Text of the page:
Few viruses are more dreaded than norovirus—an uber-contagious illness that causes vomiting, diarrhea, nausea, stomach pain, fever, and body aches. Now, imagine that you could stop the spread of the nasty bug with one of life’s simplest tasks: washing your hands. Well, according to new research, that’s exactly what it takes.
In the study, published in the journal Royal Society Open Science, researchers looked at how effective different practices such as hand-washing, isolating sick people, and cleaning were at preventing the spread of norovirus. They found that hand-washing worked best at blocking norovirus outbreaks.
Freshen Up Your Hand-Washing Skills
Washing your hands may seem simple, but doing it frequently and properly is key. Be sure to wash your hands at these crucial times:
- Before, during, and after preparing food
- Before eating
- Before and after taking care of someone who’s sick
- After using the restroom
- After changing a diaper or helping a child with using the toilet
- After handling garbage
- After touching an animal, pet food, or animal waste
- Always follow these steps when washing your hands:
- Wet your hands with water. It doesn’t matter if it’s warm or cold.
- Apply soap and rub your hands together, fronts and backs, for at least 20 seconds.
- Rinse and dry your hands.
What to Do if You Get Sick
Hand-washing is so effective at stopping norovirus because of how it’s spread. As unpleasant as it sounds, you can get sick when vomit or stool from an infected person gets into your mouth. This can happen through several different ways:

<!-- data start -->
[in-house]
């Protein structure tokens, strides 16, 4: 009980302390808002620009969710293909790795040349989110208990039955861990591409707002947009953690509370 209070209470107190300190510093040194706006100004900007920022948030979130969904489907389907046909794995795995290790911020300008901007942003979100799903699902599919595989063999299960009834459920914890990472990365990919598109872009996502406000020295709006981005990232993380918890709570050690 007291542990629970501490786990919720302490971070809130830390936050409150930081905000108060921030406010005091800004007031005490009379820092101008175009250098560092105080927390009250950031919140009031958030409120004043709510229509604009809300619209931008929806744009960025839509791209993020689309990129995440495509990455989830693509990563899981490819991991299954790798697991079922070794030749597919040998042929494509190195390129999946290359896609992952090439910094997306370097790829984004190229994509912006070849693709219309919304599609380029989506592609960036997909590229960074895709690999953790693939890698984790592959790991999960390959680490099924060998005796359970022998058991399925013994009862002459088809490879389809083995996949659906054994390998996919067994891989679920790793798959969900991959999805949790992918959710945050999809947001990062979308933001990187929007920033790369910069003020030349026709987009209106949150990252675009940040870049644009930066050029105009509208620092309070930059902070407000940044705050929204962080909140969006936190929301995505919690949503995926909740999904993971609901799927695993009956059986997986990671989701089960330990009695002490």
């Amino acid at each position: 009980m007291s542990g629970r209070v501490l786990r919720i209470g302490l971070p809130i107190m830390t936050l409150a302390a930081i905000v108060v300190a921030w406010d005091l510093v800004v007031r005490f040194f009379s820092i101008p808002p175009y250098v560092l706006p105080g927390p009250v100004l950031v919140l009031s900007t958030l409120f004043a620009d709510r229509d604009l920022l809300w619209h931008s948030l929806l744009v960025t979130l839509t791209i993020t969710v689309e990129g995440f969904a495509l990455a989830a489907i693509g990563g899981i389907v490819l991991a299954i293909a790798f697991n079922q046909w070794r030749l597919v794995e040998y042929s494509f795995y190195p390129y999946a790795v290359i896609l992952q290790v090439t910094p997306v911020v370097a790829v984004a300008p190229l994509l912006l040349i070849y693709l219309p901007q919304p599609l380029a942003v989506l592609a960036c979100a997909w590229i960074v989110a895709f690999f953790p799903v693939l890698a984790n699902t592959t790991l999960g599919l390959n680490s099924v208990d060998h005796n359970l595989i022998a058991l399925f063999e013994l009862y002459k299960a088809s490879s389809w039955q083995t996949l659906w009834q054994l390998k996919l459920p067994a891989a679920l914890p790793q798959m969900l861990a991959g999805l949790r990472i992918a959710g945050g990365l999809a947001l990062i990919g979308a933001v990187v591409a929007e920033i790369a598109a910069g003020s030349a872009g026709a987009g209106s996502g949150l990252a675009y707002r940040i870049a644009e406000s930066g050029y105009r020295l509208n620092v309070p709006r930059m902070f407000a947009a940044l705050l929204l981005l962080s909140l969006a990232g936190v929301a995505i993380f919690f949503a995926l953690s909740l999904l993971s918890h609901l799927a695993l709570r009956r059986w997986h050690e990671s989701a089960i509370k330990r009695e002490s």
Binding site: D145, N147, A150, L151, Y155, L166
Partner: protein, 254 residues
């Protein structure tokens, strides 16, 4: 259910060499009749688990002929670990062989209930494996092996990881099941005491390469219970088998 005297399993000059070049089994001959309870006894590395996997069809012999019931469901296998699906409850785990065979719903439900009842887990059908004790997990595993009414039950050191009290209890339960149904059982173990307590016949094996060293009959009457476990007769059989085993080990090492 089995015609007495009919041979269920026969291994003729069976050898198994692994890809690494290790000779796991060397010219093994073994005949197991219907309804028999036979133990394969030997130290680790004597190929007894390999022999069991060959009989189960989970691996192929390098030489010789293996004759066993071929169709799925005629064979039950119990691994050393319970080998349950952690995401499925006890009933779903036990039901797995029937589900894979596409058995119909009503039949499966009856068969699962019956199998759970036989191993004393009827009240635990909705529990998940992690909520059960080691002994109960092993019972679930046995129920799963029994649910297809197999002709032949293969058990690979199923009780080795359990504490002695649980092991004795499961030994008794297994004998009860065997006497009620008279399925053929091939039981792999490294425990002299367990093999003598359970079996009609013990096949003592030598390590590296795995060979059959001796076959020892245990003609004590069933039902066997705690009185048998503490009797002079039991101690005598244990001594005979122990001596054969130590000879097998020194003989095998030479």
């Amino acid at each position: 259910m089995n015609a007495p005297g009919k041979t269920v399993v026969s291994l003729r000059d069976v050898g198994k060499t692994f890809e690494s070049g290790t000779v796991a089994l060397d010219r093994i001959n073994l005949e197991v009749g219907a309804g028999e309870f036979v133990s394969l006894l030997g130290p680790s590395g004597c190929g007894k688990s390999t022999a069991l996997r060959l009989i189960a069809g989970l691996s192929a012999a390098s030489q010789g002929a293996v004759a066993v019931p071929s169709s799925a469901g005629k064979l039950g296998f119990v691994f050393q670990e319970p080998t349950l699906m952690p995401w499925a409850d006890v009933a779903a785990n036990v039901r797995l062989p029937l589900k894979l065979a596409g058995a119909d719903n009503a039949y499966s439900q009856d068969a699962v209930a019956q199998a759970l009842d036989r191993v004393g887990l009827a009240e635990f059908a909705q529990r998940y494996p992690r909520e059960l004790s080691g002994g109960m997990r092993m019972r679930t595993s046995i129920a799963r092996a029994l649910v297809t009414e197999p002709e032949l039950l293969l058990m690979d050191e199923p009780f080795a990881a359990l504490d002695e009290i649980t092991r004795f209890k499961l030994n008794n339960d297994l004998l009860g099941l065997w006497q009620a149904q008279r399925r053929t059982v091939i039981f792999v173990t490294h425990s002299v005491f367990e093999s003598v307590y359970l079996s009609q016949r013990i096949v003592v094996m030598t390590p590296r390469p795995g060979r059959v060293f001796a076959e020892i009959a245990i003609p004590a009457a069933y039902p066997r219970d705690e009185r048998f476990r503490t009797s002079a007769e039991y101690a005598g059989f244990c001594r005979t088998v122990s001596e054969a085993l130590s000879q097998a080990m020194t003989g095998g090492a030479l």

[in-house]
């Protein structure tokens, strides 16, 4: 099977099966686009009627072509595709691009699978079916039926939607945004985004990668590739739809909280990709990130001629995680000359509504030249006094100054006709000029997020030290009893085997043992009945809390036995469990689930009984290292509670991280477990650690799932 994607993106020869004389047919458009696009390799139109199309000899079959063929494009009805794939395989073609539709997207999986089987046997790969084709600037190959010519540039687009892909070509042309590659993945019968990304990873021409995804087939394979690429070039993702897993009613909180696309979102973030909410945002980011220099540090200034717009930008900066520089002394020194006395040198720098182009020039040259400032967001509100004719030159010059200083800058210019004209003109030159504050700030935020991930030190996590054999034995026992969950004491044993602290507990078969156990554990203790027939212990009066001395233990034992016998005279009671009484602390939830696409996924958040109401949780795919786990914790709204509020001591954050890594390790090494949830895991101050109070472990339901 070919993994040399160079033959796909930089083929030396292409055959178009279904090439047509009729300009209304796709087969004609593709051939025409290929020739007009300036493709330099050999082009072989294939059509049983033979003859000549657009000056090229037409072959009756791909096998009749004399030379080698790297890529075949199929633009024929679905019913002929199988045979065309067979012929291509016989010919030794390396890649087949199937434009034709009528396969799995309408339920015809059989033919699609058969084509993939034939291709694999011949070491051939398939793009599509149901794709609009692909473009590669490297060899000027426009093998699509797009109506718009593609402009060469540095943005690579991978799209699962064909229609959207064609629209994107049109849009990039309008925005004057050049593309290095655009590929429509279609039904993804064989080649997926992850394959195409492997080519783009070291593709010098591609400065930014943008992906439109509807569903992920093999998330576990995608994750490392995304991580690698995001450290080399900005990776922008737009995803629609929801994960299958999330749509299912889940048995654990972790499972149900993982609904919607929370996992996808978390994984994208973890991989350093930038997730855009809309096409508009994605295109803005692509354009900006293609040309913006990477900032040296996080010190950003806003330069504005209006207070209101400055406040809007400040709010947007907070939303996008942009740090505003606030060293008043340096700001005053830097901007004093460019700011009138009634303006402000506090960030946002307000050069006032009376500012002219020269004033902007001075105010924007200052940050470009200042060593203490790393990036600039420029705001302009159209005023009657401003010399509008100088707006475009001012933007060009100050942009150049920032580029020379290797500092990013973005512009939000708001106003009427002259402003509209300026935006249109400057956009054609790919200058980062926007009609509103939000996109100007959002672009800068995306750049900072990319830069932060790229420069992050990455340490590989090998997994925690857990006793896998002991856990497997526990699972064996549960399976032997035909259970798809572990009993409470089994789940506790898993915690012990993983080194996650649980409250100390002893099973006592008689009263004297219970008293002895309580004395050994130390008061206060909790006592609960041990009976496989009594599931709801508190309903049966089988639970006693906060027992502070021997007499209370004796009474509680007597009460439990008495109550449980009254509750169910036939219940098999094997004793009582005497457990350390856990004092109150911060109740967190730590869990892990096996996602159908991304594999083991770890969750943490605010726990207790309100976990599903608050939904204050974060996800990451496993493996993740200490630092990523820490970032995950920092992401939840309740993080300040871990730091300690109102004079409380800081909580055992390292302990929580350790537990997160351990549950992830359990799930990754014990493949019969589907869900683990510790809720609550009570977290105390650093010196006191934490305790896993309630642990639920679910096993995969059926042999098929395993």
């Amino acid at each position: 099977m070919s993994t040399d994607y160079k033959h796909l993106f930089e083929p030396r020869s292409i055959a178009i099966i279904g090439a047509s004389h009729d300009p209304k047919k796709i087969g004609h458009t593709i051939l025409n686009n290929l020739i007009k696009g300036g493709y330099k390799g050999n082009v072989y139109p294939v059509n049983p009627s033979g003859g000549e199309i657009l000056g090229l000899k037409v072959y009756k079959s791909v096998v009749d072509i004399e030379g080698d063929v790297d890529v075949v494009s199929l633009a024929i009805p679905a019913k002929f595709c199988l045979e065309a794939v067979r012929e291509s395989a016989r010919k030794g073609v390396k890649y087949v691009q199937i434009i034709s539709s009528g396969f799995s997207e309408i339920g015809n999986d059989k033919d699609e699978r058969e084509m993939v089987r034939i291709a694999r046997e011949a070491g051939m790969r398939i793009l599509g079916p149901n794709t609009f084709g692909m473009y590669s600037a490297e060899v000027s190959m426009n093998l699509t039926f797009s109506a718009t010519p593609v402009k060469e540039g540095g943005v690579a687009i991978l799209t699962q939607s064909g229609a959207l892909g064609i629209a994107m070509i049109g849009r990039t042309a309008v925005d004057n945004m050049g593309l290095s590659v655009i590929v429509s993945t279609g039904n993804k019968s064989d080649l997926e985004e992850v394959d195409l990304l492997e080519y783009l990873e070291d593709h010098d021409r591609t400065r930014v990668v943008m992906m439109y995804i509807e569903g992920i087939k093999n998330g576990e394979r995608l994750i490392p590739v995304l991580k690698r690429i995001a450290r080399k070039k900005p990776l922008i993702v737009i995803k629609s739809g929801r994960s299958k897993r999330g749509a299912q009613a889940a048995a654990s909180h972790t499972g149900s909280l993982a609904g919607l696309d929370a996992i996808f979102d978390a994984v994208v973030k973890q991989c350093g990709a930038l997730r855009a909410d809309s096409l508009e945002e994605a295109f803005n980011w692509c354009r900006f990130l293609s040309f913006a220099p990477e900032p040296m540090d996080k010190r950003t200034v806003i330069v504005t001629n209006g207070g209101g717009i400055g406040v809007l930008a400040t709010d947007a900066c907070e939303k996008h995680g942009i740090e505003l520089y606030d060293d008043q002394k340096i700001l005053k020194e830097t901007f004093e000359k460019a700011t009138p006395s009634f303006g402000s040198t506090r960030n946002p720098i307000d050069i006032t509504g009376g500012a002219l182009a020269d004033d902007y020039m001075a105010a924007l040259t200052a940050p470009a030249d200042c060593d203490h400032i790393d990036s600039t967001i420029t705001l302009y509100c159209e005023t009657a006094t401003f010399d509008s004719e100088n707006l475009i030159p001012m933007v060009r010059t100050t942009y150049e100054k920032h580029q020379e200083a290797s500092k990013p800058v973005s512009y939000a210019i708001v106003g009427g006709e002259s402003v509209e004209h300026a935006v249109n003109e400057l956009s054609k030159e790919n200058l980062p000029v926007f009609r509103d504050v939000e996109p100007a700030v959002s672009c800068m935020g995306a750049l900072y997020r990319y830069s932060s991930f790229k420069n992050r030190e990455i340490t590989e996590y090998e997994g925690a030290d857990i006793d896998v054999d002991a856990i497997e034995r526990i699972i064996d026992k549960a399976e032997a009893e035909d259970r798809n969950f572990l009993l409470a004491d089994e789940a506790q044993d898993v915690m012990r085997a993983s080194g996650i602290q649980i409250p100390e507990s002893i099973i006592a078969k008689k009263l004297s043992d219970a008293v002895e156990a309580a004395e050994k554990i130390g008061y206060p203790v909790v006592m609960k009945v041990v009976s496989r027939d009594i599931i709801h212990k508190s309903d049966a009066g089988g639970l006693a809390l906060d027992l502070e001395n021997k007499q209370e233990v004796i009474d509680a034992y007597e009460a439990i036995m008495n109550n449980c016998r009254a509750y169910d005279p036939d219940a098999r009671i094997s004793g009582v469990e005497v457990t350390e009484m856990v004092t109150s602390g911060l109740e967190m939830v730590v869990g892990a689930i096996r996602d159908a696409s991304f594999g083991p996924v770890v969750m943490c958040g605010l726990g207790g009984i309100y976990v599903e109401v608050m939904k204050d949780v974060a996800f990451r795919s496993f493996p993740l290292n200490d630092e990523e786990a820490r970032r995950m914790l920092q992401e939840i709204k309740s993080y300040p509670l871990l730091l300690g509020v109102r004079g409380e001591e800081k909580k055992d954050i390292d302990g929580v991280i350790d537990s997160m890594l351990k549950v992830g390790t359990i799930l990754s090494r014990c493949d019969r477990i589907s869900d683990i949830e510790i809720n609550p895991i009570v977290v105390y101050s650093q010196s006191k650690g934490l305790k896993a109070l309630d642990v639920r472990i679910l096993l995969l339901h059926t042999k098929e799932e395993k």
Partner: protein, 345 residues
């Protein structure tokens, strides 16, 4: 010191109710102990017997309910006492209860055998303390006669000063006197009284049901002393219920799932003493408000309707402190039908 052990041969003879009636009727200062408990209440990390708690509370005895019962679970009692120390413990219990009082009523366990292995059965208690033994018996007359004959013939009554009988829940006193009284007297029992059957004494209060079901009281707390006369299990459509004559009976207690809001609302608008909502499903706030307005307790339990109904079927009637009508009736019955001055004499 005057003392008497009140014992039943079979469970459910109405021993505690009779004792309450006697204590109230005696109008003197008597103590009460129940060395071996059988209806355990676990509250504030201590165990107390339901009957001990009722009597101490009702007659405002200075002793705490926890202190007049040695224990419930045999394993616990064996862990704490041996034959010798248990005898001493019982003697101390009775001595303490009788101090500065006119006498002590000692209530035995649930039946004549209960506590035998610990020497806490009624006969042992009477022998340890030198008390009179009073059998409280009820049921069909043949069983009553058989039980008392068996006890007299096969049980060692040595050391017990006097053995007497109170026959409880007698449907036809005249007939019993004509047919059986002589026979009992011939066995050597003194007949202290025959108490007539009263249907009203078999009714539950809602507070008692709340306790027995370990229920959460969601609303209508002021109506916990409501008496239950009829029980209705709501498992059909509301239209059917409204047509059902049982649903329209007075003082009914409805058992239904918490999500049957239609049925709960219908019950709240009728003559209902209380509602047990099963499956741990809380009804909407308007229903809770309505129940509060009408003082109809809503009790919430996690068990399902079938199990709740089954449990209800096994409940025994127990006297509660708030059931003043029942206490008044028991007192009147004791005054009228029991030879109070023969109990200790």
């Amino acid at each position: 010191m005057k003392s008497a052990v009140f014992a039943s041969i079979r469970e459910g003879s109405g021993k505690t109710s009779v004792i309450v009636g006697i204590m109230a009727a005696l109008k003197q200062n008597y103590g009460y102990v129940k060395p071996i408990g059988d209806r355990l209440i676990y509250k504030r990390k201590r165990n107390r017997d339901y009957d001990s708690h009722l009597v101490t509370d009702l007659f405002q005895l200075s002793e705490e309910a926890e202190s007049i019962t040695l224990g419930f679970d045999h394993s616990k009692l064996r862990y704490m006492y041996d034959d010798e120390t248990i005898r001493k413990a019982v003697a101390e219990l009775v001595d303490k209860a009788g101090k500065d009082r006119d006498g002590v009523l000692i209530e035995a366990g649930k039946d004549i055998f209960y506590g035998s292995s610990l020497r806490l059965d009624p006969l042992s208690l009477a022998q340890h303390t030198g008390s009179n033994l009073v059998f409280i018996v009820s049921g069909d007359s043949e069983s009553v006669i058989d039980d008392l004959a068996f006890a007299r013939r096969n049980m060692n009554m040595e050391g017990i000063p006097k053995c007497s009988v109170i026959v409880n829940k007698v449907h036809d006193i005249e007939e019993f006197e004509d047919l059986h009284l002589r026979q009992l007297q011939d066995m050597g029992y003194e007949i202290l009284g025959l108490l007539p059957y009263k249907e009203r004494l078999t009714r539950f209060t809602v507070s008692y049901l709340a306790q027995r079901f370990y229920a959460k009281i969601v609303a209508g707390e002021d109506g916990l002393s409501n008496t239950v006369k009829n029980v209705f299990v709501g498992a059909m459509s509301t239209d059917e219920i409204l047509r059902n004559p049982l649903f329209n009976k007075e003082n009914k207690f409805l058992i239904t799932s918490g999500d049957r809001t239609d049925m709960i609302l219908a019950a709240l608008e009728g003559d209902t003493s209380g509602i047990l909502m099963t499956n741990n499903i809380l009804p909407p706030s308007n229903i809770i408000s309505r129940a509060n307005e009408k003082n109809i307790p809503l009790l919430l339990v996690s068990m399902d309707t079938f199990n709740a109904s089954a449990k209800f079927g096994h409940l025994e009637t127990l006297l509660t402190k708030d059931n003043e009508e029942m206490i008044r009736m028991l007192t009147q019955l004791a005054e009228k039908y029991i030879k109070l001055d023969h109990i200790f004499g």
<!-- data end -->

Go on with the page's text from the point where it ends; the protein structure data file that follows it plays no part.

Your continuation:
- Touching a surface or object that may be contaminated and then putting your fingers in your mouth
- Coming into contact with someone who’s infected, such as shaking their hands, sharing utensils, or caring for them
It’s not always possible to know when someone is infected with norovirus. The virus can show up in the stool before they start feeling sick. And even once they’re better, the virus can remain in the stool for two weeks or more. That’s why it’s so important to be vigilant about hand-washing since you can come into contact with the virus at any time. You also don’t want it to come back after someone has recovered from the virus.
Currently, there’s no treatment for norovirus. If you get sick, drink lots of fluids to prevent dehydration. If you think you or someone you’re caring for may be dehydrated—symptoms include dizziness when standing up, decrease in urination, and dry mouth—contact your doctor. Intravenous fluids at a hospital may be needed. Symptoms due to norovirus typically last for one to three days.
Online Medical Reviewer: Kenneth Turley, Raymond, BSN, MSN, RN